That includes Jan Engel, a 41-year employee who started as a file clerk in sales and now is a senior material manager.
While she said she was extremely disappointed earlier this year after hearing the news of the closure, recently receiving the call from Day turned her thoughts around. Day said Engel was the first person he called.
“He said, ‘When can you be here?’ and I said, ‘I’ll be there in half an hour,’” Engel said, smiling.
When she started hearing talk about a potential buyer for HPI, Engel’s hopes of returning became more real.
“I was very hopeful because we are a good business here in Seymour,” she said. “We know what we’re doing, we have good employees and I knew we’re a viable business, so I was hopeful that somebody would buy us. We’re a good company. We have good people. Our biggest asset is our people.”
Engel got to help call former employees and ask them about coming back to work.
“That was extremely exciting for me because almost all of them were excited about coming back,” she said. “I heard, ‘I can’t wait to come home.’ They were ready to come home. They missed this place.”
When she arrived a little after 5 a.m. Tuesday, Engel said some employees were sitting in the parking lot waiting for their shift to start, which wasn’t until an hour later.
“It was cool,” she said. “I’m thrilled to be back. I hope that we’re able to continue to bring people back. We still have a lot of office people that aren’t back yet. We would love to be able to pull them back in at some point, and we want to get all of our factory people back working.”
The company traces its roots to 1942 when Seymour Tool and Engineering was established. In 1966, it was renamed Seymour Industries and began making ironing boards, other housewares and Beauti-Glide metal bed frames.
Two years later, Chemical Ventures Partners of New York bought the company from Lear Siegler in 1968 and renamed it Seymour Housewares Corp. Then in 1986, Seymour Housewares started making ironing board covers.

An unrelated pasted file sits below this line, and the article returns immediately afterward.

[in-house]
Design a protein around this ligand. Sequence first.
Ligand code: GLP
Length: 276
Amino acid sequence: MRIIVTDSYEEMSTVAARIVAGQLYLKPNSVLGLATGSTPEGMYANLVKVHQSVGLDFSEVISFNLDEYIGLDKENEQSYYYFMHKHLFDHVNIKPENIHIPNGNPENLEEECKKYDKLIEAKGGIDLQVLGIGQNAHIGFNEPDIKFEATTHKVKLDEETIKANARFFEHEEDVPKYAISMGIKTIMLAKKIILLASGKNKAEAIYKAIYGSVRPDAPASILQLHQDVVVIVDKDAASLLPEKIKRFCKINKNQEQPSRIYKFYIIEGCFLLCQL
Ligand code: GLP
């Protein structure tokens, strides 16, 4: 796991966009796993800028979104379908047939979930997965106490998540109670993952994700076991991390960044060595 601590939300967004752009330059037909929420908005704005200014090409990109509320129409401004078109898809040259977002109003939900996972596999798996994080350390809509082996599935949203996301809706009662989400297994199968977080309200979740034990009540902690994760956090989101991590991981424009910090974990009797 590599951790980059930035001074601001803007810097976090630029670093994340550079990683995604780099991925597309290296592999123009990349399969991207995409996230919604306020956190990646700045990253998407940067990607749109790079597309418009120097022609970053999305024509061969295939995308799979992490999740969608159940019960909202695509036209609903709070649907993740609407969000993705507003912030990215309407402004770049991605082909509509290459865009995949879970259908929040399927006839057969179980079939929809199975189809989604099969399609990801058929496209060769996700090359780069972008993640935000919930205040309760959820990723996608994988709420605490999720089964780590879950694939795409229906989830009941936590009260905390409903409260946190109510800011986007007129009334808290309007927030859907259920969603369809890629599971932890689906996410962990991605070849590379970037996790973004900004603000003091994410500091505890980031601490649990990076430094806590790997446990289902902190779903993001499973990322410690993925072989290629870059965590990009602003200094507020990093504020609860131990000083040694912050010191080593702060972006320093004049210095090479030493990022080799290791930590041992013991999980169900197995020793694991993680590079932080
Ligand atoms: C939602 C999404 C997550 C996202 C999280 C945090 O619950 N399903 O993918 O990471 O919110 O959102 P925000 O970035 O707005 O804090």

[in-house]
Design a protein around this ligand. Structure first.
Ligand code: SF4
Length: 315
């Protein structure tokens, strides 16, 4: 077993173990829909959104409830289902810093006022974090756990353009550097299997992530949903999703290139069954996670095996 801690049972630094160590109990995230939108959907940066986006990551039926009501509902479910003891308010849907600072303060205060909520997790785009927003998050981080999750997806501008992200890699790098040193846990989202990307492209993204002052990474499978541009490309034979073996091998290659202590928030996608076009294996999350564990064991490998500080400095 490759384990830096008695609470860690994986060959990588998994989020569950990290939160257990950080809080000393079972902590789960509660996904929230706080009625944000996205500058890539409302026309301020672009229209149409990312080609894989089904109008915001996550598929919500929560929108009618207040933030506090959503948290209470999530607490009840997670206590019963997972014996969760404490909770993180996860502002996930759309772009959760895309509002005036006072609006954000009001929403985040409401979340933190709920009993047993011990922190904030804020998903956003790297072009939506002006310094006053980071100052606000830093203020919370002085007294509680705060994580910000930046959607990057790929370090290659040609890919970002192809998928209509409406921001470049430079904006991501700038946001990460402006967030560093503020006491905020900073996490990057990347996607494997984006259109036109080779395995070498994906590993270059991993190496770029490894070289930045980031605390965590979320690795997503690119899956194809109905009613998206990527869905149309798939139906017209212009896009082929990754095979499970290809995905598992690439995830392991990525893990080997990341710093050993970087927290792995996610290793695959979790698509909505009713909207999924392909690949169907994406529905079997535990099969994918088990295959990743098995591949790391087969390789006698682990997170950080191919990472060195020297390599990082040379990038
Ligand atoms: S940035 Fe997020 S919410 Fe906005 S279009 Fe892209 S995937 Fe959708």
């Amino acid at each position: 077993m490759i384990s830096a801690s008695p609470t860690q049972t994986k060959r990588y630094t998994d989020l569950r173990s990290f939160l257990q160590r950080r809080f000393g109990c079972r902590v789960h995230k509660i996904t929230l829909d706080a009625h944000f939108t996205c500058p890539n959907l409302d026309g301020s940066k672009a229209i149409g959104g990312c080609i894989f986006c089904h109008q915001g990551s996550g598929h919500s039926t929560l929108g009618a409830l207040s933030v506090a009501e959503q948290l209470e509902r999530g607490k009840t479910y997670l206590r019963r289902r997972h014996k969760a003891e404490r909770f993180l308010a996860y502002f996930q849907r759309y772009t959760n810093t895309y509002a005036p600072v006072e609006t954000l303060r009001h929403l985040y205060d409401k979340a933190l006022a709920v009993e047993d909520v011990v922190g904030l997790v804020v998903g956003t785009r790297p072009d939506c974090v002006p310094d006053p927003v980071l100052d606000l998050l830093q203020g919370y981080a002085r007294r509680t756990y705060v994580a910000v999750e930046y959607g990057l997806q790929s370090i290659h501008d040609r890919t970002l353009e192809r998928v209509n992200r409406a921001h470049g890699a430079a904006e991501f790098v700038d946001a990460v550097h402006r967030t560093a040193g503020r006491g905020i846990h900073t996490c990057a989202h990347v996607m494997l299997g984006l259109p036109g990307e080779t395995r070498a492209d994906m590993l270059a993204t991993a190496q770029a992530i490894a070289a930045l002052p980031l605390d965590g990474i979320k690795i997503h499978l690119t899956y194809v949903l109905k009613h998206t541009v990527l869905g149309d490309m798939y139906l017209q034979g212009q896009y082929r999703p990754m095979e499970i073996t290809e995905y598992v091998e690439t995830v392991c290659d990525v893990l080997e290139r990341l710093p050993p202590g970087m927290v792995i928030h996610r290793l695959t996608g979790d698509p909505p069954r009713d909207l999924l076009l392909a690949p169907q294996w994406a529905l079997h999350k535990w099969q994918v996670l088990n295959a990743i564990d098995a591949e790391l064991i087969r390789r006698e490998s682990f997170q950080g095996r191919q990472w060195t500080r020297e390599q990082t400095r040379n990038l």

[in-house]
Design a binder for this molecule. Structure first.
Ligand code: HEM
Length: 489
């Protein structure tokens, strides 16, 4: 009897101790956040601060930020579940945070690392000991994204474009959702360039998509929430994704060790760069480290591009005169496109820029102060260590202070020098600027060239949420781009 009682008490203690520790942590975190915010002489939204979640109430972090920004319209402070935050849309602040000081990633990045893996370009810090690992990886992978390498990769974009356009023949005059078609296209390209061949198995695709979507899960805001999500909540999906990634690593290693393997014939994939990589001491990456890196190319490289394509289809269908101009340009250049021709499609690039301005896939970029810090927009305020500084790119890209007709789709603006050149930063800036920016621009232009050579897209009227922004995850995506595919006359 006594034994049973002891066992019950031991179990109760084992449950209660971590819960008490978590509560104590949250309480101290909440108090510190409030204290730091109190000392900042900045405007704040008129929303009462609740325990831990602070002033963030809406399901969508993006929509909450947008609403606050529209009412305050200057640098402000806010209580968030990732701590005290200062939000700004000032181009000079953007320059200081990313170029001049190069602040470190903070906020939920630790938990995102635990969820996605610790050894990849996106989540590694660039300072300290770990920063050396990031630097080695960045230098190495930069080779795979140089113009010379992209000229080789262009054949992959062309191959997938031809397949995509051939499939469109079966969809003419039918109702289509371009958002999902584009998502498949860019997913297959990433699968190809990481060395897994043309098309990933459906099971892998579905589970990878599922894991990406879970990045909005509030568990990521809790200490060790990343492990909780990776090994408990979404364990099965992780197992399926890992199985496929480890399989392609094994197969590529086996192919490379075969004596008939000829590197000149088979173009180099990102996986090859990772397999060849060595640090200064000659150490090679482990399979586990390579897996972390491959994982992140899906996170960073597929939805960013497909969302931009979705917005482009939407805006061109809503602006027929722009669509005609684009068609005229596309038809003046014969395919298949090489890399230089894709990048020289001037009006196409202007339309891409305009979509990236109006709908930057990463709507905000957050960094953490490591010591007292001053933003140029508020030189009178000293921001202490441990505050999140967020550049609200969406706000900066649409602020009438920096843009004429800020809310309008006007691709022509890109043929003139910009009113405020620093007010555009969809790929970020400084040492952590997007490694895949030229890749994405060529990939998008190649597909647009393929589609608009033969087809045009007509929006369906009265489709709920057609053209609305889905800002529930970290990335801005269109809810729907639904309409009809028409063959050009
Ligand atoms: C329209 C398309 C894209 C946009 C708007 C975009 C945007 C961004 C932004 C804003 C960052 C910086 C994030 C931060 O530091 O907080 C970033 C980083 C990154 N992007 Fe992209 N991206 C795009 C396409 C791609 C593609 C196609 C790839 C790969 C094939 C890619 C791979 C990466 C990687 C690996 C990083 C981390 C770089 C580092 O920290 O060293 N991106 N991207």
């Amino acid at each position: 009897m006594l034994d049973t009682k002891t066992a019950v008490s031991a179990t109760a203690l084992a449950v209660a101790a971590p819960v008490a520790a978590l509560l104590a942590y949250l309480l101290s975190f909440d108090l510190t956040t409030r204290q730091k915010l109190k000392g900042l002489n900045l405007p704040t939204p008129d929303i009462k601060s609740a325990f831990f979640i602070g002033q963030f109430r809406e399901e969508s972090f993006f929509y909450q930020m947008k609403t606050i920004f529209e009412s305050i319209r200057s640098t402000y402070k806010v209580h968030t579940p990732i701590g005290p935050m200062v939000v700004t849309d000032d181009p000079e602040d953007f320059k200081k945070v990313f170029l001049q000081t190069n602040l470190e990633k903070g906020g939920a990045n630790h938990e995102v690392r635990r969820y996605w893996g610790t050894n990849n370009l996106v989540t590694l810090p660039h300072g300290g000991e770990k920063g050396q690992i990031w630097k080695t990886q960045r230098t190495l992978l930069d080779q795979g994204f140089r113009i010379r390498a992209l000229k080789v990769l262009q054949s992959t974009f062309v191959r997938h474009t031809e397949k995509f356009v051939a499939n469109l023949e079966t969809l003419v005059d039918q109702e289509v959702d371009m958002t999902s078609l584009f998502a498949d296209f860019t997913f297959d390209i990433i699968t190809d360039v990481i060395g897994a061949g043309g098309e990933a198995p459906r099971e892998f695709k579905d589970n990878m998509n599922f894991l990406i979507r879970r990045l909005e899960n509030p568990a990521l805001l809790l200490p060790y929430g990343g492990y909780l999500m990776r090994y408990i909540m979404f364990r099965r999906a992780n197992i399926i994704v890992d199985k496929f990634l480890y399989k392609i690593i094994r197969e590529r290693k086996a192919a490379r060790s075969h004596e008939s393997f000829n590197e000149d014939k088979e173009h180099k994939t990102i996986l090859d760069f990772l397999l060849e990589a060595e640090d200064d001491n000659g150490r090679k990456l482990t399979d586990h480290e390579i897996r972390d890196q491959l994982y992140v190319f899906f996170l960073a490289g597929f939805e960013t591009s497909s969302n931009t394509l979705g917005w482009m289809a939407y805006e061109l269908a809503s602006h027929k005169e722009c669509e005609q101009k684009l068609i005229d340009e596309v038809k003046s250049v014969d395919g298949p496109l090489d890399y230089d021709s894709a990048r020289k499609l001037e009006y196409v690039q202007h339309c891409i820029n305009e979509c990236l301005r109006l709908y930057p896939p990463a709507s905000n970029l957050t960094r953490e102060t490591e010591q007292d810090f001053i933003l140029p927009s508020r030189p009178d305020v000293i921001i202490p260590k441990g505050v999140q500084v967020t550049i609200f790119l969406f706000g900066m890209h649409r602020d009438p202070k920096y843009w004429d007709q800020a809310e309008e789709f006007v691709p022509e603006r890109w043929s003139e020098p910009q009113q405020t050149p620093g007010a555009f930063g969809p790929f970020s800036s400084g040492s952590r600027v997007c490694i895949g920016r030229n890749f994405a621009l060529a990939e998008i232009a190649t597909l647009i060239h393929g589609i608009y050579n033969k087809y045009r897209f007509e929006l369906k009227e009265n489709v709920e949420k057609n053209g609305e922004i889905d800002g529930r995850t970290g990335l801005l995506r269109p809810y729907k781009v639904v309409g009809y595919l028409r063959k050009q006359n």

In 1998, Home Products International paid $100.6 million, and the ironing boards made here became part of HPI’s full line of laundry, storage and bath products.
In March of this year, Home Products International-North America Inc. announced it intended to pursue an exit of its Seymour-based garment care and home organization businesses to focus on its core plastics business.
Chief Executive Officer George Hamilton said market conditions over the past two years driven largely by the COVID-19 pandemic combined with unprecedented inflation in steel costs and global supply chain challenges made it impossible for HPI to continue to operate profitably.
At the time of the closure in May, HPI employed approximately 130 people in Seymour. The company worked closely with the Indiana Department of Workforce Development and local government officials to help its employees with re-employment assistance.
Different companies looked at the facility, but nothing came of that, so HPI filed Chapter 11 bankruptcy, disconnected the machines and planned to have an auction.
At the last moment, though, a buyer swooped in and bought the building, land and assets.
Seymour Home Products plans to have eight to 10 office jobs in the administration area at 885 N. Chestnut St. and 45 to 55 factory jobs at 110 W. Ninth St. at the start, while the plant at 201 S. Jackson Park Drive will have limited operations making tubes and some other items, Day said.
The facility at 400 S. Airport Road is basically a warehouse and will remain as such, he added.
The main product will be ironing boards with a number of other products to be added as the opportunity and market demand.